Piece of pain in my pocket

Tomorrow marks three years since Isaiah died.  It is true, time makes a difference.  It doesn’t heal, it becomes more familiar each bout in the ring.  We learn to live with the pain and carry on.  Written back in January 2008.

.

In my pocket is a piece of my heart.

It is a good place for it.

Close by to me

within reach.

.

This piece is broken from the rest.

Its weight changes

like a piece of wood

burdened with water, it sinks

.

deep

into

sorrow.

Too heavy for my pocket

.

I pull it out

carefully, but the edges

are too sharp

to hold for long.

.

Not for my hands

the pain

cuts my eyes

and into my right.  Tears

.

splash concrete.

I place the piece

back in my pocket

and continue working.

.

 

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8 thoughts on “Piece of pain in my pocket

  1. Andrew, thank you for sharing that poem. I like the way you demonstrate the unmanageable nature of grief. I imagine it took some time to press the ‘publish’ button. I expect that you have noticed that the jasmine is very lovely this year. I cannot see it now without thinking of a lad I never met.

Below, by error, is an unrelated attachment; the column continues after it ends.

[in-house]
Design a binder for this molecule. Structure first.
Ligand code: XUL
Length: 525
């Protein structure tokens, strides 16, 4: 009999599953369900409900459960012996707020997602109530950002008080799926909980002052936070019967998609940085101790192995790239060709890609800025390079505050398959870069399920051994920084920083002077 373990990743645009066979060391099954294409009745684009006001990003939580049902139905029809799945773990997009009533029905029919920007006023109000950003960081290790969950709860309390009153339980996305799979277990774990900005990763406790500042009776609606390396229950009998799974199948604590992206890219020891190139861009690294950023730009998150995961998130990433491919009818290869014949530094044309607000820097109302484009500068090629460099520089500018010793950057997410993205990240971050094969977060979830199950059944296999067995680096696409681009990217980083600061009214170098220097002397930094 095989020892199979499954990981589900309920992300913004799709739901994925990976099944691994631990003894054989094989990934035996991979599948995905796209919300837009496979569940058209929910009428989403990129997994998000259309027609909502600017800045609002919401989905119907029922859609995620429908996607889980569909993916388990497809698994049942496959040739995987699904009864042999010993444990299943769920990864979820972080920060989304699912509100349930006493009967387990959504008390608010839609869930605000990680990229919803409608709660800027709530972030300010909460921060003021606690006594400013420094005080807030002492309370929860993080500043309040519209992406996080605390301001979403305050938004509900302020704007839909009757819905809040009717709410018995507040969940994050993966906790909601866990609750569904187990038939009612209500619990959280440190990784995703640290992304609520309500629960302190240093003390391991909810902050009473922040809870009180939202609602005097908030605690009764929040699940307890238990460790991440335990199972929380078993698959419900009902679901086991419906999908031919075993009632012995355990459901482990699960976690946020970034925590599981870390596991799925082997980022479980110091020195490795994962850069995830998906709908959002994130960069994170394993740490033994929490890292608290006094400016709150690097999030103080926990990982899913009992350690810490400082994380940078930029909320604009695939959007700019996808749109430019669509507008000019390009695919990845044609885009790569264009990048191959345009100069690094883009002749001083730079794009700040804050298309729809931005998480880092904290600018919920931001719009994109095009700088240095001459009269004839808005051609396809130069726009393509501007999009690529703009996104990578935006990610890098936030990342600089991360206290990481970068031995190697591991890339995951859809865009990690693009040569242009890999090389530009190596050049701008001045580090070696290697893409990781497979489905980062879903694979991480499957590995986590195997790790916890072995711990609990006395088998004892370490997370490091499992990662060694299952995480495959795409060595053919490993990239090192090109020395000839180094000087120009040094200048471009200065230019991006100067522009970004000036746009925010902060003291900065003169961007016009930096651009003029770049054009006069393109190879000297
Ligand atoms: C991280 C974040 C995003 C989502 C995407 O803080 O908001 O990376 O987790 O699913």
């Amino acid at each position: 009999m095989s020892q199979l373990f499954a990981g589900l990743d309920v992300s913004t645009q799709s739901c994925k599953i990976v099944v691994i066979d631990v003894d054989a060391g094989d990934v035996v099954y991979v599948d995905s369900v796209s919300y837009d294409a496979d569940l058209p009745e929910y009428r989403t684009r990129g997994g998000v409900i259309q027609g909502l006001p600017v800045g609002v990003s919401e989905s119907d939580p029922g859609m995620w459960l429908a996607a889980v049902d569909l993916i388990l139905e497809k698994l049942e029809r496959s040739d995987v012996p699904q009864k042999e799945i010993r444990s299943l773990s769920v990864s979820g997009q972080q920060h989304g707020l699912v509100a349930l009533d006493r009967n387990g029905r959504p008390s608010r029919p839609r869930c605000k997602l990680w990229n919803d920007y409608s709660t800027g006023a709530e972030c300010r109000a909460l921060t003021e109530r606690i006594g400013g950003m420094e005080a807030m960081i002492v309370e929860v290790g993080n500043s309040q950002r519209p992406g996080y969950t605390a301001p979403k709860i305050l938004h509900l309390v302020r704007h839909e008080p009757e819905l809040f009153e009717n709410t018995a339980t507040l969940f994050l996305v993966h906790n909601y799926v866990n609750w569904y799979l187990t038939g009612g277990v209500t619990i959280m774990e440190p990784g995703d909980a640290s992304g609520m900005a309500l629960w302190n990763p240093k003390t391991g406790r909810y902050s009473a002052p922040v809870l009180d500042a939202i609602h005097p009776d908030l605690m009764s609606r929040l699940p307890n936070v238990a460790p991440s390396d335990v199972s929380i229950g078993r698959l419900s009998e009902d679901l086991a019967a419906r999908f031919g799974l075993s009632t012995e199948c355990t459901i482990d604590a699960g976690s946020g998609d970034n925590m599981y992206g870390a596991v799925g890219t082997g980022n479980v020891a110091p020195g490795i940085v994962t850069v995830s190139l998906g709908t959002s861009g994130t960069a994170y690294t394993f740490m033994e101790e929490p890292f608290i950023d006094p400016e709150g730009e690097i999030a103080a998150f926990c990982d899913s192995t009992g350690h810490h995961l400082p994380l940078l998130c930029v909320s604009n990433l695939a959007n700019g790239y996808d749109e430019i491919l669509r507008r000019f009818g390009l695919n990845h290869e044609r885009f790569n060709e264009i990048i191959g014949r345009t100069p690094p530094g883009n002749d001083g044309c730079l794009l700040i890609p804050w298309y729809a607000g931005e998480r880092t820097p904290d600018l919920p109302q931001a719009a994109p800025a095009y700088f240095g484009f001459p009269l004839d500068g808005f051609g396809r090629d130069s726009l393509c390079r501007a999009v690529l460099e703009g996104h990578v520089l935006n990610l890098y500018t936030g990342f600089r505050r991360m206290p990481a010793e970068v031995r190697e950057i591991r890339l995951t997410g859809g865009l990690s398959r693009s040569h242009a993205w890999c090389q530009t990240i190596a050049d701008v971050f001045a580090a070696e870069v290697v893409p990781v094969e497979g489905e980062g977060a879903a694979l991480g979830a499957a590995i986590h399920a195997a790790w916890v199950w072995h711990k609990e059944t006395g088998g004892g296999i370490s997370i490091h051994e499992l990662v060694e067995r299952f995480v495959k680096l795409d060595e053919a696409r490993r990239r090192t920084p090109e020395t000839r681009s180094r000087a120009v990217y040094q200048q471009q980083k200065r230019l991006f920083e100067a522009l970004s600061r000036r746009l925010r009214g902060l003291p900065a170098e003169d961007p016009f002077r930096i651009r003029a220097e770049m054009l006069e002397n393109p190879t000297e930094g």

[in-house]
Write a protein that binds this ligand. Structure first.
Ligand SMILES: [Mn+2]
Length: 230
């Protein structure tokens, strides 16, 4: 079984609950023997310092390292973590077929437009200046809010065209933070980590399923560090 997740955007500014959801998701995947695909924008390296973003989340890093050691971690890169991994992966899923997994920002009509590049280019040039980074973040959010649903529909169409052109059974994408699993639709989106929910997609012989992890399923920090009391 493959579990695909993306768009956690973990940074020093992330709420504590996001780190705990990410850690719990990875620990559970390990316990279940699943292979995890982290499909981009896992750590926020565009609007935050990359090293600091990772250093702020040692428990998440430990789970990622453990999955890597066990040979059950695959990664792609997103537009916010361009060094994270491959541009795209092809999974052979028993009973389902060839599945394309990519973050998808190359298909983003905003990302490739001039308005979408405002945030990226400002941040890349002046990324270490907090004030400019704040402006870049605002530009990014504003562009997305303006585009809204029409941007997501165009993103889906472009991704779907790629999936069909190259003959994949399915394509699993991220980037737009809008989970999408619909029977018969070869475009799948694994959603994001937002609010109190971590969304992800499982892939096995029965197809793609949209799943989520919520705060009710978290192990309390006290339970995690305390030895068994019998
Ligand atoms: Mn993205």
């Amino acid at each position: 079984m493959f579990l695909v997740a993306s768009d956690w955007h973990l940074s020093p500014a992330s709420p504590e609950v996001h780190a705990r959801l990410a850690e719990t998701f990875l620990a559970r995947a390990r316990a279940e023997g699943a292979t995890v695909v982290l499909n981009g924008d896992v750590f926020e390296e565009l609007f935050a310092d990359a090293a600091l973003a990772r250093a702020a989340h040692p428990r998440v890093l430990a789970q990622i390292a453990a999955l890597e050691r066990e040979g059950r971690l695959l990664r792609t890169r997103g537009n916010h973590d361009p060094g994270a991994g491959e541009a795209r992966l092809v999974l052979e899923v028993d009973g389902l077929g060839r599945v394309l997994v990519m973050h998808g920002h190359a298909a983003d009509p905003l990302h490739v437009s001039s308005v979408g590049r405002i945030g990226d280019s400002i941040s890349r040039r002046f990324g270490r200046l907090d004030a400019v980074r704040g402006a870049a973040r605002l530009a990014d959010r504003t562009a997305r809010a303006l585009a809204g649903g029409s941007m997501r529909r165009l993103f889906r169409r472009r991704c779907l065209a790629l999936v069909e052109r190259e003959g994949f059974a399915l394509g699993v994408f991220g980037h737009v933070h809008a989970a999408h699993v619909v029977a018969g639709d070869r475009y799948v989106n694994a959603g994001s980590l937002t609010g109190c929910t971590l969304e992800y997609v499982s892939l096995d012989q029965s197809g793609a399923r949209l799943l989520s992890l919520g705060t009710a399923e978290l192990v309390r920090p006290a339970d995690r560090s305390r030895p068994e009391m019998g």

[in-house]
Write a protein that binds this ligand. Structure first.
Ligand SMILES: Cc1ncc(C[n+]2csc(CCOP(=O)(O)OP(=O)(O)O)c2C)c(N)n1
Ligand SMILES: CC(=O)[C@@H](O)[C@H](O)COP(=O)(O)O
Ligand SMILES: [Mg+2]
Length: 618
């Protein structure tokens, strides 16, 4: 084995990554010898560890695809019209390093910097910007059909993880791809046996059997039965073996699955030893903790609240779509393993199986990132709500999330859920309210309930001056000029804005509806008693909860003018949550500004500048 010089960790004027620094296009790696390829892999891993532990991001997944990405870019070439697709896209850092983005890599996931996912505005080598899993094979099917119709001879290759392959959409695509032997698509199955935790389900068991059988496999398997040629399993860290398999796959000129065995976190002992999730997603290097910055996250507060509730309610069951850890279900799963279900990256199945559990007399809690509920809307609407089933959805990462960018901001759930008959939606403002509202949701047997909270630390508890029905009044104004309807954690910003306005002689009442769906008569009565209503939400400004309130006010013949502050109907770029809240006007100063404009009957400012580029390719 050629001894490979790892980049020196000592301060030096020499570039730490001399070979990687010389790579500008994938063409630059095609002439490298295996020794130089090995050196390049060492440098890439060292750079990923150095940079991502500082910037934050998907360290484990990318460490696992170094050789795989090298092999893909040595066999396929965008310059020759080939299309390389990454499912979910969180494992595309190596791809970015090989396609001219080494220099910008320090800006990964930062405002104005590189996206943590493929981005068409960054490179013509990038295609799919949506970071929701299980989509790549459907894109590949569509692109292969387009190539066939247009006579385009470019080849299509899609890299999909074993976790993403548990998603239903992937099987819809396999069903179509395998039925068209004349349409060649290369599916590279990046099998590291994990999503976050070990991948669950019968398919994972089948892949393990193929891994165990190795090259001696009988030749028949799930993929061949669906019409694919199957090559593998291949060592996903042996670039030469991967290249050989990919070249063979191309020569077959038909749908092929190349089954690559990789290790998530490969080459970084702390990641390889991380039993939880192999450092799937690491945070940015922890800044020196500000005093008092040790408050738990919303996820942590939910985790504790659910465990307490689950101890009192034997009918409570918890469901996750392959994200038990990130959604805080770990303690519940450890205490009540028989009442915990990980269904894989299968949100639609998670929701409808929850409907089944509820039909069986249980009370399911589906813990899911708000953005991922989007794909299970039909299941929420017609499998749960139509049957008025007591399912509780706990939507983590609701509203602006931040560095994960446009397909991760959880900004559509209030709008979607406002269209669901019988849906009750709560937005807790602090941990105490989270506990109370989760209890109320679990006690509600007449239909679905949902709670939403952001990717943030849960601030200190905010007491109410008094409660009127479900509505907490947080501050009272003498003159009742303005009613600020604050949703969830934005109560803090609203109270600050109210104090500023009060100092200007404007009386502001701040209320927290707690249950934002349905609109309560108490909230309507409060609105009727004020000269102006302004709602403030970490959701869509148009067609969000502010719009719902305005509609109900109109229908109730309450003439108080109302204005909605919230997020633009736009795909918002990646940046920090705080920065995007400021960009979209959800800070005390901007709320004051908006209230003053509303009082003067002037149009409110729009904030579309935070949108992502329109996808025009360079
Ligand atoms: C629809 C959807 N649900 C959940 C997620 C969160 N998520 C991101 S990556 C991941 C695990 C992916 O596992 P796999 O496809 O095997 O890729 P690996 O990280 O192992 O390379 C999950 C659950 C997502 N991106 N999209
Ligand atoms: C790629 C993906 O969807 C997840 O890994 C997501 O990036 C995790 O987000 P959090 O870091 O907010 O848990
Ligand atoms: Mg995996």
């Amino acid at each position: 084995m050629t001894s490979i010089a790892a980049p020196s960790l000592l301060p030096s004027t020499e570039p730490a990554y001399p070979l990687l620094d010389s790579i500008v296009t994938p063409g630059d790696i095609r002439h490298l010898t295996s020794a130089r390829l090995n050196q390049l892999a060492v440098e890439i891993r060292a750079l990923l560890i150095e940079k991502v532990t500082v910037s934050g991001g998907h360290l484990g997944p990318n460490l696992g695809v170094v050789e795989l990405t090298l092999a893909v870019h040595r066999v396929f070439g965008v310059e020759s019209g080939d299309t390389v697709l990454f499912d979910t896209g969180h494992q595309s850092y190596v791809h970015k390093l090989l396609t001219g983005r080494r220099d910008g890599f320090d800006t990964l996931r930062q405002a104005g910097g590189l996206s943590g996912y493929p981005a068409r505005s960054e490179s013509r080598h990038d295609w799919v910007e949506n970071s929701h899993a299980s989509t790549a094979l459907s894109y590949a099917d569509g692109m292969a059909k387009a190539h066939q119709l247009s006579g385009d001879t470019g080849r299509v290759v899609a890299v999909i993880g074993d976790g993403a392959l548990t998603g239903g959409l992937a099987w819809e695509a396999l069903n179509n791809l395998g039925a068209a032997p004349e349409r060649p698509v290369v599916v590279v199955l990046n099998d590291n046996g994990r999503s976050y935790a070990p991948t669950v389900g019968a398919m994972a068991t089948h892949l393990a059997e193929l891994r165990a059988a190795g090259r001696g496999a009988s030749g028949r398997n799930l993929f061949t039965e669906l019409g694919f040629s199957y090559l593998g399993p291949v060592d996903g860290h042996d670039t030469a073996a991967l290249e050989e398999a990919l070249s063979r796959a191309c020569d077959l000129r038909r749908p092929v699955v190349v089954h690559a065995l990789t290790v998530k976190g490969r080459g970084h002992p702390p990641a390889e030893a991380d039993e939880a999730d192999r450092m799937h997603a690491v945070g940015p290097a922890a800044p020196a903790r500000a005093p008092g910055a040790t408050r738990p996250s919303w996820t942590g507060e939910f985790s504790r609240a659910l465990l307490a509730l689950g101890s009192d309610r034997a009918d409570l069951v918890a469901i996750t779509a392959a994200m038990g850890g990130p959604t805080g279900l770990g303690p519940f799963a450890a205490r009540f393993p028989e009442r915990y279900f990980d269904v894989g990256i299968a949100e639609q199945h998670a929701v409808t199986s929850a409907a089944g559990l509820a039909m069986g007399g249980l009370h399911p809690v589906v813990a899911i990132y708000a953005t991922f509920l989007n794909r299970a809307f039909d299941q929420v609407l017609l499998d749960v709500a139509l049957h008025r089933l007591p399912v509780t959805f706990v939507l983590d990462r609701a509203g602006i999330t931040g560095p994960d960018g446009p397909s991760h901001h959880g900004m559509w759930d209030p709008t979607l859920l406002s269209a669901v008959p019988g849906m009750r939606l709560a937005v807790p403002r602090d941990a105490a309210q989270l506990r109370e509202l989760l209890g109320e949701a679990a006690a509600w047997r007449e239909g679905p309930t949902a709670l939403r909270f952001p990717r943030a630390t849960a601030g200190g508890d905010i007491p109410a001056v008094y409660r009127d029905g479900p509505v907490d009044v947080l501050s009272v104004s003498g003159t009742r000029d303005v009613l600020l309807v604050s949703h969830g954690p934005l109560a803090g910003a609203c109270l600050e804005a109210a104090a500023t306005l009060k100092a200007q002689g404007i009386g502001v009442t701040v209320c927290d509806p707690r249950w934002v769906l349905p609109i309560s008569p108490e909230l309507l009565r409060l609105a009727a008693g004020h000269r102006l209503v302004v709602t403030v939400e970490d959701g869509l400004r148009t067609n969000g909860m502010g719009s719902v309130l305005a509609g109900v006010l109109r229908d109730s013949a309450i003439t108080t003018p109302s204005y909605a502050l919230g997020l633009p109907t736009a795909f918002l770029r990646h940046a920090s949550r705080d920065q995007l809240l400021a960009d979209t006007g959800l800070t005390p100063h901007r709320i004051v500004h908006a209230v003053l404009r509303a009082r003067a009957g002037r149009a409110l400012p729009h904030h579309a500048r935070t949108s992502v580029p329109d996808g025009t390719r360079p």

On on.
    J Dub.

    1. You’re welcome JDub and thank you for your comment. Our sabotaged fence of Jasmine struggled but managed many more ‘five perfect little fingers’ than expected. Very nice you think of him you never met.
      Andrew

  2. It took me a little longer than I myself wanted to come and leave a comment mainly because the idea of a piece of a heart (a heavy one) in a pocket, reminded me of the terrible way Virginia Woolf put an end to her life.

    Hearts were not made for pockets. It’s uncomfortable inside them, difficult to breath, difficult to beat (in their specific situation). You take this piece and the other ones you may have somewhere and build a castle, like the former Middle Ages ones, to keep your beloved ones safely placed. I’ll visit it someday, promise.

    Take care and keep smiling, boy.

  3. Dear Andrew
    This is a beautiful website. And thanks to you, too, Kenia Cris, for the stones in her pocket. Hit me like one thrown. A part of me has always, I realise writing this very post only, resented, or reviled, or condemned or been superior to her for this and other actions, even more so as a result of reading Glendinning’s bio of her husband Leonard. But your word “stones”… [Well, I’ll be! Something unconscious sent me back to your post, Kenia Cris, to get the exact way you set the stones word in your jewelled post and bugger me the word is not there. Which means it is, of course. More concretley than if it were written. How stunning. (Paean intended. Almost.)]

  4. concretely, that is. Ahh, it’s reassuring to see something awry in my post, like an imperfection in a grecian urn, to earn myself a little slack (will I ever accept that word?) from the gods and keep down my unpenanced hubris quota.

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